After action report released on South Carolina’s Highway 31 fire

Highway 31 fire after action report

The South Carolina Forestry Commission has released their after action report on the Highway 31 fire that started on April 22, 2009 near Myrtle Beach. Among the 63 issues and 76 recommendations, it unsurprisingly lists communications as one of the primary issues. I don’t think I have ever seen an after action report on a major fire that did not identify communications as a problem. Wildfire Today covered the fire here.

Here is an excerpt from the executive summary:


The Forestry Commission was requested by Horry County Fire-Rescue to respond to a small wildfire just after noon on April 22, 2009. The fire grew rapidly over the next 36 hours, and ultimately burned 19,130 acres, destroyed 76 homes, damaged 97 additional homes, and caused two firefighters to deploy fire shelters and three firefighters to retreat to a safety zone to avoid serious injuries. The extreme behavior led to the evacuation of more than 2,500 residents before it was declared controlled on May 20. Agency expenditures related to the Highway 31 Fire totaled approximately $1.5 million. Estimated losses to insured property exceeded $25 million, and damage to timber is estimated at approximately $17 million.

The Highway 31 Fire was the worst wildland-urban interface fire in the history of the state, and represents the largest mobilization of SCFC resources to a wildfire on record. The rapid rate of spread and extreme fire behavior of this fire presented many challenges to the agency, and this review has identified 63 issues and 76 recommendations to address them. The key findings of this report include:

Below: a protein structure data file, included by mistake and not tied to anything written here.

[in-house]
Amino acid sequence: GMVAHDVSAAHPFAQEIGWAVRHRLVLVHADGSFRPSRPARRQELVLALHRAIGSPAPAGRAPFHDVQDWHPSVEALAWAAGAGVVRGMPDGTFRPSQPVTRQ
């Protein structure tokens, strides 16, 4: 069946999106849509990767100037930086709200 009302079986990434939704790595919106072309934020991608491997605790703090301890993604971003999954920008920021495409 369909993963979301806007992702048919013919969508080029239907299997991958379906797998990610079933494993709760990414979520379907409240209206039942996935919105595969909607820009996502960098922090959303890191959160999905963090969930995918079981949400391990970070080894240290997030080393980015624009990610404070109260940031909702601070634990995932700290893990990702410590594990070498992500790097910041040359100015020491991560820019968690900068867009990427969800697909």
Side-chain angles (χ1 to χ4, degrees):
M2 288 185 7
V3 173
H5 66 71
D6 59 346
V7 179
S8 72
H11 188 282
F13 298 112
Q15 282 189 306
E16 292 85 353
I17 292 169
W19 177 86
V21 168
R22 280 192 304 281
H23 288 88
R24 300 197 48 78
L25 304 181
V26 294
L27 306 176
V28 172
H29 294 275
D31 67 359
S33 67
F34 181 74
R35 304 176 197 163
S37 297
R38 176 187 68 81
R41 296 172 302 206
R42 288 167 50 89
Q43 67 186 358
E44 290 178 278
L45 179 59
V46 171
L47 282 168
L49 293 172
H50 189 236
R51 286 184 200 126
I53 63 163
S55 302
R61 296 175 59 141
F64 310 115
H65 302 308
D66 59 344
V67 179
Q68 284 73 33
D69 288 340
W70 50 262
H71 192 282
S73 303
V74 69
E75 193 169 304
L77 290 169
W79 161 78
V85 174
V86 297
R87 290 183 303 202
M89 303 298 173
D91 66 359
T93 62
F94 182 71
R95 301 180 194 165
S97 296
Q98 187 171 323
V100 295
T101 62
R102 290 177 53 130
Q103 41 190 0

• Interoperable communication with other responding agencies is crucial. The SCFC should ensure that agency firefighters have direct communication with fire departments, law enforcement agencies, military assets, and other public safety agencies that may respond to wildfires.
  • Annual exercises should be conducted in Horry County and other counties in the state where the potential for large fires exists. These exercises should test the interoperability of communications equipment, establishment of unified command, information sharing, and public notification of threats from rapidly moving wildfires.
  • The Forestry Commission should continue the development of qualified incident management teams. Additional training and experience are needed in many functional areas, including operations, plans, finance, logistics, public information, and safety.
  • Scarcity of personnel or firefighting equipment did not directly impede the Forestry Commission’s response to the Highway 31 Fire, because it was the only large wildfire occurring near populated areas at the time. In the future, a lack of equipment replacement funding, the loss of experienced personnel due to budget reductions, and the difficulties in recruiting and retaining qualified personnel could have serious impacts on the agency’s response capability. The occurrence of multiple large fires will easily exceed Forestry Commission response capacity and likely result in major loss of homes, forest assets, and possibly lives.

Highway 31 fire at highway

(the photos are from the report)

UPDATE March 11, 2010:

The North Myrtle Beach City Council at their meeting last week discussed, in response to this fire, budgeting to add a brush truck and a ladder truck to their fire department. Right. You can never have too many ladder trucks at a vegetation fire.

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Author: Bill Gabbert

After working full time in wildland fire for 33 years, he continues to learn, and strives to be a Student of Fire.